Tobacco use remains the leading cause of preventable death in the United States, and there is a need for new interventions for tobacco dependence. There has been increasing interest in developing interventions that directly target attentional processes. In attentional re-training (AR), cognitive experimental paradigms are re-designed so that they can actually modify (rather than simply measure) attentional processes. Hitherto, researchers have administered AR in the laboratory or over the internet. We will investigate the efficacy of AR administered on a Smart Phone multiple times per day. Adult smokers (N = 144) who wish to quit smoking will enroll in a study examining the effects of AR on attentional bias, craving, and smoking. They will be randomly assigned to either an AR group or a control group. They will be given a Smart Phone to carry around with them for 21 days prior to their scheduled quit day, and for 21 days after their scheduled quit day. Participants will be scheduled to complete AR (or control) tasks 3 times per day. In addition, participants will complete two attentional bias tasks (visual probe task and modified Stroop task) per day on the Smart Phone both pre- and post- quit. All participants will receive individualized smoking cessation counseling.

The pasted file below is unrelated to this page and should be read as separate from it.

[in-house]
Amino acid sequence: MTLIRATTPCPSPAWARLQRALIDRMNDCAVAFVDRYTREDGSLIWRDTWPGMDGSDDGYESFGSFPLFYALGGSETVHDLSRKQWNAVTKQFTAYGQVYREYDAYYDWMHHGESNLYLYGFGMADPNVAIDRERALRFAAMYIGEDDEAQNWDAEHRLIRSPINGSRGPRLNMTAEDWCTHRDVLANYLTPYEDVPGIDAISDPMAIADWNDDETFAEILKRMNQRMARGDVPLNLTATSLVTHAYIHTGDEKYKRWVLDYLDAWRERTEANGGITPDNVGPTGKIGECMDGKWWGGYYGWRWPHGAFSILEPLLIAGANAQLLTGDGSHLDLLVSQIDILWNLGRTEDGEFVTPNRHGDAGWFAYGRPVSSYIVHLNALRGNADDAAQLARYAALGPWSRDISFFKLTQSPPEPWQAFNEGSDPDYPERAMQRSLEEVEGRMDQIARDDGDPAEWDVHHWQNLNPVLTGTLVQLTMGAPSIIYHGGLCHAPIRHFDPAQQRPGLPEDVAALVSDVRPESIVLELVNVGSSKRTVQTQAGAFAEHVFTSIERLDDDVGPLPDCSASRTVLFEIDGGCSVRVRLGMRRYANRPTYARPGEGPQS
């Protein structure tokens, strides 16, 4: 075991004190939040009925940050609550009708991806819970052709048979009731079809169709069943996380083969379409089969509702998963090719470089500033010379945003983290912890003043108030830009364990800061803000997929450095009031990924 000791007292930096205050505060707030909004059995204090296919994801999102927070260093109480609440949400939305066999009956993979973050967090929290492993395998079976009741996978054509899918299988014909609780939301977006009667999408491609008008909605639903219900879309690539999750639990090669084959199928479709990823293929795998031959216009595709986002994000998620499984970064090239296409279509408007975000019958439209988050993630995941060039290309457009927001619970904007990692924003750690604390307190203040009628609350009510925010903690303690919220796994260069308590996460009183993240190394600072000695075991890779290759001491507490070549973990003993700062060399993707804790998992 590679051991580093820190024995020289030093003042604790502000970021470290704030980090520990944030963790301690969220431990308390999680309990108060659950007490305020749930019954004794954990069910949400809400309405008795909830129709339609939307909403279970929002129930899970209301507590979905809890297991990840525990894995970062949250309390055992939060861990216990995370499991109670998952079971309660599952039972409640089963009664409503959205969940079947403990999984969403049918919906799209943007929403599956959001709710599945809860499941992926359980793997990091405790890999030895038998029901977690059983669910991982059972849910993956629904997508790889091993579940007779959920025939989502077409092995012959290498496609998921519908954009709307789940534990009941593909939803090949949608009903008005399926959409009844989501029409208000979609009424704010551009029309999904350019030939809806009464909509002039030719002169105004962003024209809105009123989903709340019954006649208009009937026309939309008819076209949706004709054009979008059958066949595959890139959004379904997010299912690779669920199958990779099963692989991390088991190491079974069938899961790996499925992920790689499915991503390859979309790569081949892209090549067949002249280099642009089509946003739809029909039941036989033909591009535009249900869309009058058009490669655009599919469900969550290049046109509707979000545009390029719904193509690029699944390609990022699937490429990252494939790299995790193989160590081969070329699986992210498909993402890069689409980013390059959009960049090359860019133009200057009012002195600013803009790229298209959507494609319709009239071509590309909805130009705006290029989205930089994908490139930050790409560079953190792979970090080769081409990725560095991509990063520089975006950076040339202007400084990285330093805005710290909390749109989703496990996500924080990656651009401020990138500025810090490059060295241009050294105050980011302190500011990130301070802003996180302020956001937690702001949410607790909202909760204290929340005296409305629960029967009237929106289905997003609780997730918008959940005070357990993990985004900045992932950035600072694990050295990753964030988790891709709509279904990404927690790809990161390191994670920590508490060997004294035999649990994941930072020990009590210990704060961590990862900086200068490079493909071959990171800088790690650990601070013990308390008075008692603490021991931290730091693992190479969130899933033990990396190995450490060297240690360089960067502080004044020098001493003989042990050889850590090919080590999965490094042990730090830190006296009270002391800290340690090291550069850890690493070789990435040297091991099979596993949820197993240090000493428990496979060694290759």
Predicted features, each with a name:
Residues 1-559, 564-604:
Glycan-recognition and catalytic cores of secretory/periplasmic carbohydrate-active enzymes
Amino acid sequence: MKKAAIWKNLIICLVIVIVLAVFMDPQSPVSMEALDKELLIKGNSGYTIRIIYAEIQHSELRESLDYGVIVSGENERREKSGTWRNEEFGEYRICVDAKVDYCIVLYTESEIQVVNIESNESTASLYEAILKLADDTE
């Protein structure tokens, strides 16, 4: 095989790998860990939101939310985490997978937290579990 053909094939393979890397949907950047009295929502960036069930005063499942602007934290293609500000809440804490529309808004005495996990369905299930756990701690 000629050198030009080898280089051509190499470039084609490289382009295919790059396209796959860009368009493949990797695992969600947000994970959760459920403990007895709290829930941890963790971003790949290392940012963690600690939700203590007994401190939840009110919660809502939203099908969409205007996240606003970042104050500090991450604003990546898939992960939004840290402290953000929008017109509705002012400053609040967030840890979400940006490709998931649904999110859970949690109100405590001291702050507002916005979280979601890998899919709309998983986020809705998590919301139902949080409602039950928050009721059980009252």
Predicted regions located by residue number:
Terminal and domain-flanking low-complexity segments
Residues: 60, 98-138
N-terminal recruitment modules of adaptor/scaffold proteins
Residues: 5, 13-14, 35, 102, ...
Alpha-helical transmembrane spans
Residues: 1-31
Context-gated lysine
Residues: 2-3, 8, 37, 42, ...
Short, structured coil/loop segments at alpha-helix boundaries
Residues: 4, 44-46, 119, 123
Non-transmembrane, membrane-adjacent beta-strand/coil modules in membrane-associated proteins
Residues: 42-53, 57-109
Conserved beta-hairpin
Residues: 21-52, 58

The Specific Aims are to examine whether AR (delivered on a Smart Phone) can: 1) reduce attentional bias to smoking-related stimuli in smokers wishing to quit;2) reduce craving in smokers wishing to quit;and 3) reduce smoking.
Tobacco use is an important public health problem costing over 440,000 lives a year in the US alone. The over-arching goal of the proposed study is to examine the potential of a new intervention - attentional retraining - for the treatment of tobacco dependence,